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A line-up of Southern police heavyweights were present at Dunedin's Municipal Chambers yesterday to have their say on proposed council rules controlling when and where people can buy alcohol in the city.
Councillors grilled Southern Police District commander Superintendent Andrew Coster and alcohol harm prevention officer Sergeant Ian Paulin - supported by area commander Inspector Jason Guthrie and area prevention manager Inspector Mel Aitken - for an hour about the situations they dealt with late at night in Dunedin, and what evidence they had that proposals the police supported, including 3am closing and a 1am one-way door policy, would make a difference.
Bar owners filled the public gallery to listen. Sgt Paulin opened the police presentation with some hard-hitting CCTV footage of early morning alcohol-related assaults in the Octagon, including a man having his head stomped on and a woman being choked.
It was hard for police officers not to be affected by the level of alcohol-related harm they saw in Dunedin on a weekly basis, Supt Coster said.
''Innocent citizens are being harmed, seriously injured and killed by offenders who have consumed too much alcohol and it's time to say it's enough.''
Dunedin police had been called 500 times to help with alcohol-related situations in the CBD since blanket 4am closing came into force in December. The number was high,
but significantly less than the average 600 calls over that period in the previous five years when bars were open longer, he said.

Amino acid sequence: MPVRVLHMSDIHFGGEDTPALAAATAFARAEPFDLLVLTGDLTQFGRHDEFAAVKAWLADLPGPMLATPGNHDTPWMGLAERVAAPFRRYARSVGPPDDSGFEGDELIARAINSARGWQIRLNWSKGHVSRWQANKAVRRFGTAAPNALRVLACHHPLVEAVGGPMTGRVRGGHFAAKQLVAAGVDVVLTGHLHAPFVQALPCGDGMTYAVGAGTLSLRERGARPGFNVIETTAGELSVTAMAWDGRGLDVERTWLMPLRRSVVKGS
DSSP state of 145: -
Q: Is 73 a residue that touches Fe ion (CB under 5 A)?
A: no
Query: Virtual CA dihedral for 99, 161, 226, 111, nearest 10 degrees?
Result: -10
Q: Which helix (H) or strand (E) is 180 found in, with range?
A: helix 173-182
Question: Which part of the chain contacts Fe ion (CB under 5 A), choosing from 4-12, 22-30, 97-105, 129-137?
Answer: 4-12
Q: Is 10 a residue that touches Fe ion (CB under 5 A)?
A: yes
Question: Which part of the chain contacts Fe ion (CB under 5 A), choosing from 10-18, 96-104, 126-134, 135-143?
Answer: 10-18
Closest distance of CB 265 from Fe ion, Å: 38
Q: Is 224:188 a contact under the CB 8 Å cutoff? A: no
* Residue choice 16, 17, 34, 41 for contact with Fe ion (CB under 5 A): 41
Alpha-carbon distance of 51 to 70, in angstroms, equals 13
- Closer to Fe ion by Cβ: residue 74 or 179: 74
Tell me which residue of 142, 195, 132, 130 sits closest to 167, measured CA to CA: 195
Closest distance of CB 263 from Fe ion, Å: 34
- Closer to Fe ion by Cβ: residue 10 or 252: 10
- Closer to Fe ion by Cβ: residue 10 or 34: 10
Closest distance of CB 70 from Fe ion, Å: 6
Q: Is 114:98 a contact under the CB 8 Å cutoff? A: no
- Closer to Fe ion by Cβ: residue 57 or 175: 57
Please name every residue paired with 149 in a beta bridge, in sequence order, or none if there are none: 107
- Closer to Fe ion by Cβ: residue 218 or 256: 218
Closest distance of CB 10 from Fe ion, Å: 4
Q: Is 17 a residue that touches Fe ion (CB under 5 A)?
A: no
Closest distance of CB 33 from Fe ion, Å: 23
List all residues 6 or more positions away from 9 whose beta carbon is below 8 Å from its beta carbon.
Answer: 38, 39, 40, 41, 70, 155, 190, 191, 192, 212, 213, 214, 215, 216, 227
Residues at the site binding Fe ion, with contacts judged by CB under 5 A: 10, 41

He said the evidence was that alcohol-related harm increased exponentially each hour premises were open after midnight, but, because they were realistic, police supported the proposed 3am closing.
Restricting hours combined with a one-way door policy, which reduced the period people could pre-load and meant fewer people on the street between bars, which was often where problems occurred, was the internationally proven best way to reduce this kind of harm.
Smart operators could make good business in the new environment, which should see people arriving in town less drunk and more likely to spend more money in bars, as well as encourage a wider range of people into the central city.
Ultimately, the committee's decisions would come to balancing the unknowns against the knowns, he said.
''The unknowns are unsubstantiated claims [from bars] of economic hardships resulting from no longer trading on the dregs of a night's drinking. The knowns are there is significant alcohol-related harm in Dunedin; a vast majority of this occurs in central Dunedin and all late-night bars are concentrated in central Dunedin.''
Submitter Rosie Crozier earlier told the committee people who had come to Dunedin for the university and the nightlife would simply start parties instead if bars closed earlier, which was ''where the violence starts''.
''They might pre-load, but it's better for them to end the night in a bar than on the street.''
Kim Gotlieb and Deb Fraser, from Mirror Services, which works with young people with drug addictions, said the Lap needed to send a message to the Dunedin community about what constituted acceptable drinking behaviour.
For example, banning shots after midnight, as proposed, sent the message that fast and hard drinking was not acceptable.
The opportunity to control the density and number of outlets should not be missed either.
''There are 420 outlets selling alcohol in Dunedin. What message does this send to our young people?''Alcohol Health Watch's Amy Robinson reminded the committee it did not have to be sure a particular element would reduce alcohol-related harm, but it did have to act in a precautionary manner.
''You can't expect change by practising the same behaviours.''
The evidence said reducing
licensed premises' hours and the density of outlets were the most effective and lowest-cost ways of making the biggest impact on harm.
If people wanted alcohol, they would get it, former nurse Allan Travers said, ''We don't have to make it easier by making it easy to get all hours of the day.''